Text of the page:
24 Sep Kohlrabi (Storage + Cooking Tips)
- It’s a member of the cabbage family
- The whole plant is edible, but usually, when we talk about kohlrabi we mean the bulb of the plant, as we do here.
- The bulb kind of tastes like broccoli stems (my favorite part of broccoli!)
- It doesn’t have to be peeled, but the peel can be tough so I usually do.
- You can eat it raw in slaws and salads, as well as roasted and stir-fried.
Kohlrabi is a unique and tasty veggie. It requires a bit more prep time but is totally worth it. Here are a few details on how to cut it:
- Cut off the stems: If the stems and leaves are still attached to the kohlrabi, cut them off. (Save the leaves and cook them just like kale or turnip greens.)
- Slice in half: Cut the kohlrabi head in half down through its center.
- Slice into quarters: Place the halved kohlrabi cut side down and slice into quarters.
- Cut out the core: Use the tip of your knife to cut at an angle through the core. Discard the tough center.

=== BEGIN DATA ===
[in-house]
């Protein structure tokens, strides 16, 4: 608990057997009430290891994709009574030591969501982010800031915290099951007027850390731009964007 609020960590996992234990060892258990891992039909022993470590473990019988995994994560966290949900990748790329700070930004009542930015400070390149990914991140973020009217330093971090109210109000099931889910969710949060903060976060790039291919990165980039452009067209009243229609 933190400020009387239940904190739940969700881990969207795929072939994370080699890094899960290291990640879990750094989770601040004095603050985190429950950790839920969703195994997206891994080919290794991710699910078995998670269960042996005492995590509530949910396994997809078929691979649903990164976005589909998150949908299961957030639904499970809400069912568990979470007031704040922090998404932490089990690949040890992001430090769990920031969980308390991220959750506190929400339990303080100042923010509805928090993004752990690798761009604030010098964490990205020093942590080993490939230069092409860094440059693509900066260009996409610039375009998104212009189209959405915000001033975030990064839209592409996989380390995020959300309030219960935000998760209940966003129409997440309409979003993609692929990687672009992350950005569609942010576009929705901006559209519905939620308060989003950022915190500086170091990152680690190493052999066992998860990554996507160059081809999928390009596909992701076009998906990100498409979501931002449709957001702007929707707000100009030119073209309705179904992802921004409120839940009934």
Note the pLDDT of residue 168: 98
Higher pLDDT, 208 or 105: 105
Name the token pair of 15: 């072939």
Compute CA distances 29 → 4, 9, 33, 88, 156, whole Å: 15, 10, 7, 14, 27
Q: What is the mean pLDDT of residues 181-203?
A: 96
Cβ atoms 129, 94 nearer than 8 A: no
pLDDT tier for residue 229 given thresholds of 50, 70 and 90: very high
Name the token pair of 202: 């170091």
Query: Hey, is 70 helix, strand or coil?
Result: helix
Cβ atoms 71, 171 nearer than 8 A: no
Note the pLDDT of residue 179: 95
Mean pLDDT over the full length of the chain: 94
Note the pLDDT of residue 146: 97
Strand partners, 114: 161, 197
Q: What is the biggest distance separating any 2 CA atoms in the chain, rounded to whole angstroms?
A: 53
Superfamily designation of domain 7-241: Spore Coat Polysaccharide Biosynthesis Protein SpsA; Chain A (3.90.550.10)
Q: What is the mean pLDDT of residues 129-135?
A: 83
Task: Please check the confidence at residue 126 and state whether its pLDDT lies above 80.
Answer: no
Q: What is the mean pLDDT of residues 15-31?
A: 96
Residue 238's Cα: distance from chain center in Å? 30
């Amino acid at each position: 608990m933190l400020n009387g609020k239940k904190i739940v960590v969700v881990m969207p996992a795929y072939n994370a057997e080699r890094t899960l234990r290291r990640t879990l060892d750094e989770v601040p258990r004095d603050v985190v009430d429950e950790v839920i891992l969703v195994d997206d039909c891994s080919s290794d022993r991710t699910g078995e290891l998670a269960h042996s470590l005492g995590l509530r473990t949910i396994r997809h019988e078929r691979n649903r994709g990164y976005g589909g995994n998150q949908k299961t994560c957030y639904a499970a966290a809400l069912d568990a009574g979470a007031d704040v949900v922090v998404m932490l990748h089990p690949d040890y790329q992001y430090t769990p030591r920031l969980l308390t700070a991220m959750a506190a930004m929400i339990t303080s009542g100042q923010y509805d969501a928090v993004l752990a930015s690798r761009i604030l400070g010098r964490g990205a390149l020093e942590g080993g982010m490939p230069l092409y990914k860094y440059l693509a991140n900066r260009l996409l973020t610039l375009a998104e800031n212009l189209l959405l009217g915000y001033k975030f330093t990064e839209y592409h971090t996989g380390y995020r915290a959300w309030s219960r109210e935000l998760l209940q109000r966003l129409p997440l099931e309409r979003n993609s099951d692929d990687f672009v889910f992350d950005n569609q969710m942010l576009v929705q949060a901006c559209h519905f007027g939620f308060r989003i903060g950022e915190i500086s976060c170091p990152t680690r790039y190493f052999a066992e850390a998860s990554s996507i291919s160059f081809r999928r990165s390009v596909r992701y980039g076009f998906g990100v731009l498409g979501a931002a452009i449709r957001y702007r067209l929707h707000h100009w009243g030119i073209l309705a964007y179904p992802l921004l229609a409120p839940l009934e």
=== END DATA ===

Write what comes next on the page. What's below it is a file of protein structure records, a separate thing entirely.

- Peel the kohlrabi: Now that you have small, manageable quarters, use a sharp vegetable peeler to remove the tough skin.
Slice off the top of the kohlrabi: If you want to simply slice each quarter for baking or stir-frying, begin by cutting off the top of the vegetables
Slice: Use a sharp chef’s knife to carefully cut the vegetable into slices of even thickness.
Cut off the leafy stalks (you can use the leaves as you would kale or collard greens; be sure to use them with a few days) and scrub the kohlrabi bulbs clean, wrap them loosely in plastic or a paper bag, and refrigerate them until you’re ready to use them. Fresh kohlrabi will last up to several weeks in the fridge.